Sports drink companies would have you think you need one of their products as soon as you decide to hit the streets for a 20 minute power walk, but truth be told all but the few athletes at elite level actually require any of this sugary water. Sports drinks are intended to improve athletic performance during prolonged bouts of physical exertion. They do this by replacing the fluids and electrolytes lost through sweat, and carbohydrates burned for energy These re-hydration drinks often contain electrolytes, such as sodium, magnesium, potassium, and/or calcium, and a source of readily digestible carbohydrate, usually sugar, to replenish energy stores.
Besides consisting of mostly empty calories, excessive drinking of sports drinks has three huge downsides.
One. At approximately 220 cals per bottle unless you're Richie McCawe himself you're likely to be taking on too many calories during your workout, which can slow or halt altogether the results you're trying to achieve.
Two. All of these calories are sugar. Approximately 14 teaspoons worth per bottle. Enough said.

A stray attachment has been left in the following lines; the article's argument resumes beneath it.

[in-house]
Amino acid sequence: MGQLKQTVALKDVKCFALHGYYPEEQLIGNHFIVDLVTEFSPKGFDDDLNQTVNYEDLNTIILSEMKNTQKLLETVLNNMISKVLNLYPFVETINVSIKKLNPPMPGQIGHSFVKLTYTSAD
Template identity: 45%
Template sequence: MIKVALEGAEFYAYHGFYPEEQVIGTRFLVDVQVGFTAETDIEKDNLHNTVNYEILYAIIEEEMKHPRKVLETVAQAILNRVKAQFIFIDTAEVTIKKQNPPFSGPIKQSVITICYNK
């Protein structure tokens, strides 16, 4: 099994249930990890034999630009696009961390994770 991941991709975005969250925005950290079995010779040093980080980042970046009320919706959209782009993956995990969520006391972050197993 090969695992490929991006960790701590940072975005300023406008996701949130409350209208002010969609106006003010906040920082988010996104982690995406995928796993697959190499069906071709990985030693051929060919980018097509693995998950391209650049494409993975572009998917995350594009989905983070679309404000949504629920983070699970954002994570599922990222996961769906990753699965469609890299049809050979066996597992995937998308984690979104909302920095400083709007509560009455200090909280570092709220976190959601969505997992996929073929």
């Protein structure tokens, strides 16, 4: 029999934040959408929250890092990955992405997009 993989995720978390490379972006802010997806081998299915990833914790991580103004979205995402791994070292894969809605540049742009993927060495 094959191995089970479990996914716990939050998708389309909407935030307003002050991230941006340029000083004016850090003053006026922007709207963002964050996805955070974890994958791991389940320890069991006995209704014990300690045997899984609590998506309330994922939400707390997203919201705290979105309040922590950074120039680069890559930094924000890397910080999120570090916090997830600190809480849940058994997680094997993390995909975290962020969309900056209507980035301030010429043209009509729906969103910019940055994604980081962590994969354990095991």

And three. Your dentist will hate you (or love taking your money), and assuming you're older than 12 and don't get free dentistry anymore this should be of top priority. Keep the cavities at bay by sticking to water.
So what to do?
Drink water. Plain and simple. For most exercise, of average duration, for most people, water is sufficient, especially if we follow our exercise with a nutritious post workout real food meal. We can get our replacement carbohydrate and minerals from this.
If you don't like water, get to like it. Get creative. Add slices of cucumber, strawberries, mint leaves, ice.... whatever you need to do to get to like it.